Ho hum. Probably naïve of me, but I had no idea how focused London is on the finances of the world. UK television, newspapers, current affairs shows every single day are dominated by news of all the bank collapses and money woes and recession talk. It’s all a bit doom and gloom at the moment, isn’t it? For the first time in my life, I’m also in an industry (recruitment of all things) where people lose their jobs and lose them quickly. No fat cats at all, but people like secretaries, accountants, help desk workers, consultants and techies I was friends with, were among those quite suddenly told that their jobs no longer existed. It’s really sad and has been quite stressful for a lot of people in a lot of places.
Simon and I have been really fortunate and certainly feel lucky about our jobs. Simon has done the opposite and told his design agency that he is, in fact, leaving them to come back to Oz. And I have been given a sort-of, kind-of promotion, which I was really flattered by and so grateful for. No pay raise, as it’s probably a bit cheeky to ask for one of those. But I have been given extra things to work on and I continue to work with lovely, laid-back people. I have even tried my hand at helping to create some web pages for our company's intranets around the world. Fellow web developer Simon went through a range of emotions: horror, amazement, eventually a lot of pride and even a little envy at my two-day-old skills I think.
We have had a really great month. I celebrated my 25th birthday with the best birthday I’ve had in years. Lovely friends Geoff and Terri somehow found my office and had a bottle of Moet delivered directly to my desk the afternoon of my birthday. As is the custom in my office, I supplied my colleagues with treats, and my pricey imported Tim Tams were exceedingly well-received. I found a restaurant housed in a former chocolate factory in my favourite area of London, the Southwark and Bankside neighbourhoods. So I had some great food and several and various drinks with friends old and new. I also received so many lovely cards, messages and parcels from home. And a great big sloppy kiss from Charlie.
Our friends Ellie and Mary – we knew Ellie from high school – are on a fantastic two month trip through Canada and Europe and our lounge room. They’re now in Switzerland, but will be back again at the end of November. We’ve had a great time and have loved being able to show them our favourite haunts like the Borough Markets. Other wonderful friend Moogs left London for good for sunny Queensland (really, really sunny Blackall to be exact.) I already miss her. Moogs and I had a ball together here and she has always managed to remind me of home. Now we can’t wait to have Nathan to visit – only a couple of weeks til he arrives. We’ve figured out that we actually have less than three weeks left with just the two of us in the house. The rest of it is booked up!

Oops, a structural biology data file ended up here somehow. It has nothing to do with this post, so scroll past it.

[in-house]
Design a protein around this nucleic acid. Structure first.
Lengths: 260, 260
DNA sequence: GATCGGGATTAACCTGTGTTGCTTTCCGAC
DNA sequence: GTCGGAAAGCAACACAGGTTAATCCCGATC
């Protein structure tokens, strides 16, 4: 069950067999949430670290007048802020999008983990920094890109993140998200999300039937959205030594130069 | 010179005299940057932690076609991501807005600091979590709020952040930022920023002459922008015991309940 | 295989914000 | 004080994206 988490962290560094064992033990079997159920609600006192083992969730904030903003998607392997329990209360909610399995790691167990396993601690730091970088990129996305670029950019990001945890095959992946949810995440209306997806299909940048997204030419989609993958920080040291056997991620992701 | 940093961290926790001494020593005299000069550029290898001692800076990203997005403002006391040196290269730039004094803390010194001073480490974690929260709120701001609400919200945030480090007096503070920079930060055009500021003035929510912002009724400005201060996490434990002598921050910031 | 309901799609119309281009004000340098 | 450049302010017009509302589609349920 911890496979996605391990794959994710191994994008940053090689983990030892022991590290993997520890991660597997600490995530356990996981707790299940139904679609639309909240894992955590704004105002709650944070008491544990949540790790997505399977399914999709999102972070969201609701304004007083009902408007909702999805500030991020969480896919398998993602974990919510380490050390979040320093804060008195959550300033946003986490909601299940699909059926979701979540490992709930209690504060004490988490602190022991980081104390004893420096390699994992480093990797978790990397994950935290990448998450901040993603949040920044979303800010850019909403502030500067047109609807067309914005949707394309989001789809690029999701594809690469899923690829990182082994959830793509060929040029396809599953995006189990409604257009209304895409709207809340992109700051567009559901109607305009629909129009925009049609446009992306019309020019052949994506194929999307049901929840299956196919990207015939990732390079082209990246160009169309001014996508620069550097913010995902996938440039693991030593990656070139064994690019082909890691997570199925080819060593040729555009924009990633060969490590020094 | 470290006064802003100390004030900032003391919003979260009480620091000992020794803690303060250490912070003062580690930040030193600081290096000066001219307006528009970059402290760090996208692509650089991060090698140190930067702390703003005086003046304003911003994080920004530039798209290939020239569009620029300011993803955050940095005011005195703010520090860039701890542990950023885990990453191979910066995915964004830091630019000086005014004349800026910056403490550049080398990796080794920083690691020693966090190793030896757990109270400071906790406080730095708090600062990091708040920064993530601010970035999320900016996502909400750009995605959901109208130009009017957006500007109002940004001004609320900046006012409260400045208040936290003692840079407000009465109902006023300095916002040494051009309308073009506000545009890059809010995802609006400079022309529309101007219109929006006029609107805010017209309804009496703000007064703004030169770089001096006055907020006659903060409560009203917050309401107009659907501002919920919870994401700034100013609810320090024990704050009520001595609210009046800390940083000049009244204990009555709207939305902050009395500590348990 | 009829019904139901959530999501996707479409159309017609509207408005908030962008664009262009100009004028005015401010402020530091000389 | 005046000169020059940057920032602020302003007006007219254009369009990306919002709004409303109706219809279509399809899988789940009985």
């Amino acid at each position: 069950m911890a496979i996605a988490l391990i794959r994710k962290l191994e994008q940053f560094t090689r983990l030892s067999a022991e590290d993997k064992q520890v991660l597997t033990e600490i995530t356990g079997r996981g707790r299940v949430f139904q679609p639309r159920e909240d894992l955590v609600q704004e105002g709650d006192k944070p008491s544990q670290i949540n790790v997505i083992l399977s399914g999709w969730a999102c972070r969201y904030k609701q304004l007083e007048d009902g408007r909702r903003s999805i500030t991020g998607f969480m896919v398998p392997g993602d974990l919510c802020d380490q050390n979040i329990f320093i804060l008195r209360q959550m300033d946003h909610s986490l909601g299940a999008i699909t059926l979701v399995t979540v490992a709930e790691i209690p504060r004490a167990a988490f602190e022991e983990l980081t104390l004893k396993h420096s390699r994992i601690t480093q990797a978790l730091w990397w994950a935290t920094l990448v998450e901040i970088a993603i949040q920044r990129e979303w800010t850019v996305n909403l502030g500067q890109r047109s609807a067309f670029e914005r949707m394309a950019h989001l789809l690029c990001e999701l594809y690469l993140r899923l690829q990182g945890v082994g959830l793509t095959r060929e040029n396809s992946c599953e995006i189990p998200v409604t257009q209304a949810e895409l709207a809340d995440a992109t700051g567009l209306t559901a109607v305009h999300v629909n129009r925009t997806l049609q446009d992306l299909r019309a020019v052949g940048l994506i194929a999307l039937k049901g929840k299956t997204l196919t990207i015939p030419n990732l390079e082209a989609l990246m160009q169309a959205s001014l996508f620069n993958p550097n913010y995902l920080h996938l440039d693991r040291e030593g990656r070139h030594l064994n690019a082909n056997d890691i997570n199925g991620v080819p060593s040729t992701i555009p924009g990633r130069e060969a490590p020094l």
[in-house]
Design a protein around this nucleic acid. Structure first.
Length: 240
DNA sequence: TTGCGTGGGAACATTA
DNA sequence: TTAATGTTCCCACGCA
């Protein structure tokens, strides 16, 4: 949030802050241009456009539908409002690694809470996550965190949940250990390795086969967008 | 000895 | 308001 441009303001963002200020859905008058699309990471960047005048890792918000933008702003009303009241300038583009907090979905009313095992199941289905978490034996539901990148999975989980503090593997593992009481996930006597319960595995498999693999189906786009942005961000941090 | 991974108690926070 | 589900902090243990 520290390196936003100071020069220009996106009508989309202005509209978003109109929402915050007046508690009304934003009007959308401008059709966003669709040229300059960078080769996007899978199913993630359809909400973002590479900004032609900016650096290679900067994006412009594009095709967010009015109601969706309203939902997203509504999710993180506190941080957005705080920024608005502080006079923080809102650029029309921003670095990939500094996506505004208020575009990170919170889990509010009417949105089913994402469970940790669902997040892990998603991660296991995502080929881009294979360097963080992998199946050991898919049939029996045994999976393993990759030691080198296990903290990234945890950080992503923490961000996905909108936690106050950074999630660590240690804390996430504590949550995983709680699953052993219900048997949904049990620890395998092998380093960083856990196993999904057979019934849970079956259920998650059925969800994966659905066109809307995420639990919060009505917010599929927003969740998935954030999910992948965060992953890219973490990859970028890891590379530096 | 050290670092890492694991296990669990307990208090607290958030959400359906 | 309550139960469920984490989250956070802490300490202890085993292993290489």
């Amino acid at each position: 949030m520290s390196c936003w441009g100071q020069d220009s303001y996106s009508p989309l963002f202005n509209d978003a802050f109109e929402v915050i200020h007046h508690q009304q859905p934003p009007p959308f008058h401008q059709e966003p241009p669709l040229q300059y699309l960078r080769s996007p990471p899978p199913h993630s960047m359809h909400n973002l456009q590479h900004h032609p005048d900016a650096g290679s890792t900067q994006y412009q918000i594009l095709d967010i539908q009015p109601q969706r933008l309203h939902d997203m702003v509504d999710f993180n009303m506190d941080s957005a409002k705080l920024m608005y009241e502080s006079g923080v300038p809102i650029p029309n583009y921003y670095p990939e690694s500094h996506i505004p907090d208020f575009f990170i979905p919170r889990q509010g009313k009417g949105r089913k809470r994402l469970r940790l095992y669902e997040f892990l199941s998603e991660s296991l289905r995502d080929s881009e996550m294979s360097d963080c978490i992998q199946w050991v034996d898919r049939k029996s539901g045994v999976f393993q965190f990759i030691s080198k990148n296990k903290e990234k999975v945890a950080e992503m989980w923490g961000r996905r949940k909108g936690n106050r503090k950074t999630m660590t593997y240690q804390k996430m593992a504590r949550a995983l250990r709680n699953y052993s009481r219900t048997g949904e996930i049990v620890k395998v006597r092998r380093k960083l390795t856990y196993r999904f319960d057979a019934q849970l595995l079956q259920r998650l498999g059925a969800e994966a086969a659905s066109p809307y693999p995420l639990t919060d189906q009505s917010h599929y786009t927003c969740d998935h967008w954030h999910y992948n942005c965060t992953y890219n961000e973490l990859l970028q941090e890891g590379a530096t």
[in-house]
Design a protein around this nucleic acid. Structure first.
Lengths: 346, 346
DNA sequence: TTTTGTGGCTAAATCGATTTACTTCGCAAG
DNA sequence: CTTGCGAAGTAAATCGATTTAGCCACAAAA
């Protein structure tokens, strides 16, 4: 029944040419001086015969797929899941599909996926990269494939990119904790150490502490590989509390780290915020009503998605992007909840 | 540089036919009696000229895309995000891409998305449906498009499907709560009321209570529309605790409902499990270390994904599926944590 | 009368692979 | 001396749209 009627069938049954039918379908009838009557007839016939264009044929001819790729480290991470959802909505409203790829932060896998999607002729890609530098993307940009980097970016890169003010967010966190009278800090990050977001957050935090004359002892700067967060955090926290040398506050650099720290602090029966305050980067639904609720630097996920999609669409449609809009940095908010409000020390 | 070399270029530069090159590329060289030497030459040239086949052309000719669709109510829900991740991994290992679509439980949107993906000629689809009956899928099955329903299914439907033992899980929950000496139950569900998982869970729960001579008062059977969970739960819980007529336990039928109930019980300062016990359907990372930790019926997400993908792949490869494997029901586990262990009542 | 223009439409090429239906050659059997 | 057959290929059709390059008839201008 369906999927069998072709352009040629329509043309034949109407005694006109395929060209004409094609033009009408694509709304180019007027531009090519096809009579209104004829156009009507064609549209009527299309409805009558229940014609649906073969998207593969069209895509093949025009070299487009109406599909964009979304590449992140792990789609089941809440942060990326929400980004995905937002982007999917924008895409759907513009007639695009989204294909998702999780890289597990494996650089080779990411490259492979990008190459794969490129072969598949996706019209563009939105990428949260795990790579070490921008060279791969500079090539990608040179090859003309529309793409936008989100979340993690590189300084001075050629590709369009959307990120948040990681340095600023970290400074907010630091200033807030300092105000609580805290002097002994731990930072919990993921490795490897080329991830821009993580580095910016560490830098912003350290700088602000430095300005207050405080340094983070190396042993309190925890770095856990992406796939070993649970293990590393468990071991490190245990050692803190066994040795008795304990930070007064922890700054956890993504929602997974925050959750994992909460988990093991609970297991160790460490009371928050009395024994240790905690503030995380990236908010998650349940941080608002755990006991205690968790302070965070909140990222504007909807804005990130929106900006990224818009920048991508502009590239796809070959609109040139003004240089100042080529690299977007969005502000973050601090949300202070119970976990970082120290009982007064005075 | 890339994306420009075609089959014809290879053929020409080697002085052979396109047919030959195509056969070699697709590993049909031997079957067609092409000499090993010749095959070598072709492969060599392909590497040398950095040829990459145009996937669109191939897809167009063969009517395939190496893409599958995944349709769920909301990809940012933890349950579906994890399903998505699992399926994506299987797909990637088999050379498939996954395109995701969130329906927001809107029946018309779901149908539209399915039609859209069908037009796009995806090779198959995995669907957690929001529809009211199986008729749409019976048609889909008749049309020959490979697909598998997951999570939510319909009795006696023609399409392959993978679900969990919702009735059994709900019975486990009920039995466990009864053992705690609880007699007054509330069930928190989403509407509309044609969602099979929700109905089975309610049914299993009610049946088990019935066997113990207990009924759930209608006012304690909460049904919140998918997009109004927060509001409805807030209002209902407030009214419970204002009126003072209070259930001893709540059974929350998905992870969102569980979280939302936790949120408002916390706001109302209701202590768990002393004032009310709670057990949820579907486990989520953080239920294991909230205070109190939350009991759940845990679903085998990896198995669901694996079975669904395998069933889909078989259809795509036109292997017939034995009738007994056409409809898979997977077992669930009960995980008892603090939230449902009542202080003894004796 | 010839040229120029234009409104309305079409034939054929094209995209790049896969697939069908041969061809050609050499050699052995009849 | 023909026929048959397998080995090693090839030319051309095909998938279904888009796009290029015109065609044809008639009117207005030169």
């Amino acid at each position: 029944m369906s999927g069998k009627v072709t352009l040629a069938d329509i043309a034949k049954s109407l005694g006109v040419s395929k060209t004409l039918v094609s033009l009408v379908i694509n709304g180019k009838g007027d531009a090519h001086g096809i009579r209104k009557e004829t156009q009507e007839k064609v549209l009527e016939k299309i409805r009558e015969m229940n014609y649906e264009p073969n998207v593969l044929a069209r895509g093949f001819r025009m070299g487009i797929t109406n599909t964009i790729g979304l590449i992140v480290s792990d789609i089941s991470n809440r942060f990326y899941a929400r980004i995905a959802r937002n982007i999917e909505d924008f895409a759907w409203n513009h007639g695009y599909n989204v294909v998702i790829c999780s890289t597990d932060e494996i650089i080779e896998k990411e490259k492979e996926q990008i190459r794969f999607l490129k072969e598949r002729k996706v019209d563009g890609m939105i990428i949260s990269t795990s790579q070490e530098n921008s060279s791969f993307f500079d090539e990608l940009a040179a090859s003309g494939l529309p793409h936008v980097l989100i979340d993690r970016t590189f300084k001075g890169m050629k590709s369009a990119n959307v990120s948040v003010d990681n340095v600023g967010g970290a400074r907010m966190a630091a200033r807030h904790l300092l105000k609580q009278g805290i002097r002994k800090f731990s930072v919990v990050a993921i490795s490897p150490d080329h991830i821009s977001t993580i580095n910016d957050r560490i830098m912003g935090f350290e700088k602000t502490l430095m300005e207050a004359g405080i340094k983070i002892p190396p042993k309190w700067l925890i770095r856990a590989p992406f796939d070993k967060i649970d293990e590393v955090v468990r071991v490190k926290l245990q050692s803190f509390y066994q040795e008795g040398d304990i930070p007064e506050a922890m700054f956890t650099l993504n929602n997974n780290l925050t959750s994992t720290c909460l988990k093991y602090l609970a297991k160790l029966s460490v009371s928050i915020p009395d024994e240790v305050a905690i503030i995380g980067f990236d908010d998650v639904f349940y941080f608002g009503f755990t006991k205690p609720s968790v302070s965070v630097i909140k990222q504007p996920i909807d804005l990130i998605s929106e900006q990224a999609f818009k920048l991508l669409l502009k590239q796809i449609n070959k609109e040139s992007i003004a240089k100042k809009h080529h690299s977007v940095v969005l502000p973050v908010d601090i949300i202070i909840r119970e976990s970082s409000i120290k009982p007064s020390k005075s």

One awesome show and one less than awesome one. The official Shakespeare’s Globe season ends in October when summer has gone, and the theatre is cold and darker earlier. After the season they put on a range of winter shows, including a show that I really, really wanted to be good! The Burial at Thebes is an adaptation by Seamus Heaney based on one of my favourite plays, Antigone. It was supposed to be great: the play made into an opera - my second one ever – the Globe, a cushion, maybe even a brownie, etc, etc. We also had two of the best seats we’ve had in our five visits to the Globe this year. You’ve probably figured out how this story ends and it isn’t happily ever after all the way home. Simon really didn’t like it, I tried to focus on the good parts (there were indeed some), but I found myself frequently surprised when the singing would start up. Why don’t you just speak it?! I yelled inside my head. It’s a really good play! Just play it!
At the other end of the spectrum is the big musical Wicked, which has been to New York and Melbourne among others, and is probably one of the most popular musicals in London. I’d heard all but one raving review of the show and the all but one people were right. If you get the chance to go, you must go! The musical is based on a novel that was written in 1995 as the 'untold story' of the witches in The Wizard of Oz. Oh my goodness, it just has such a clever script, amazing costumes, excellent performances and a good message that didn’t whack me over the head with its teachiness. It was a really intelligent and fun show and I wish I’d written it.
Another craving for the countryside and the scones it promises meant that we took a train trip (only forty-eight minutes) up to Cambridge on Saturday with Bec and Aaron. Simon and I had stopped in Cambridge when we were here in 2004, but in 2004 it was cold outside and I was in the thick of The Da Vinci Code, so we stayed inside instead. What a mistake. I was pleasantly surprised to find Cambridge to be even nicer than lovely Oxford. It feels more expansive, with lots of big green lawns, strangely called ‘pieces’ and with more to see in general once you get past all the regular Cambridge things to see. We found some cute shopping spots, our beloved cream tea, as well as fish and chips overlooking the punters on the river. A perfect sunny autumn day.
Sadly we missed seeing my handsome little cousin Daryl marry Terrianne in Redcliffe on the weekend and I am eagerly awaiting photos. A big happy birthday to the father of Charlie, my brother-in-law Tony. And sorry about the opera comments, Uncle Alan, who is surely furious at me from somewhere inside a mine in South Australia. Thinking of you all and hoping you’re happy and well. Much love, Laura and Simon.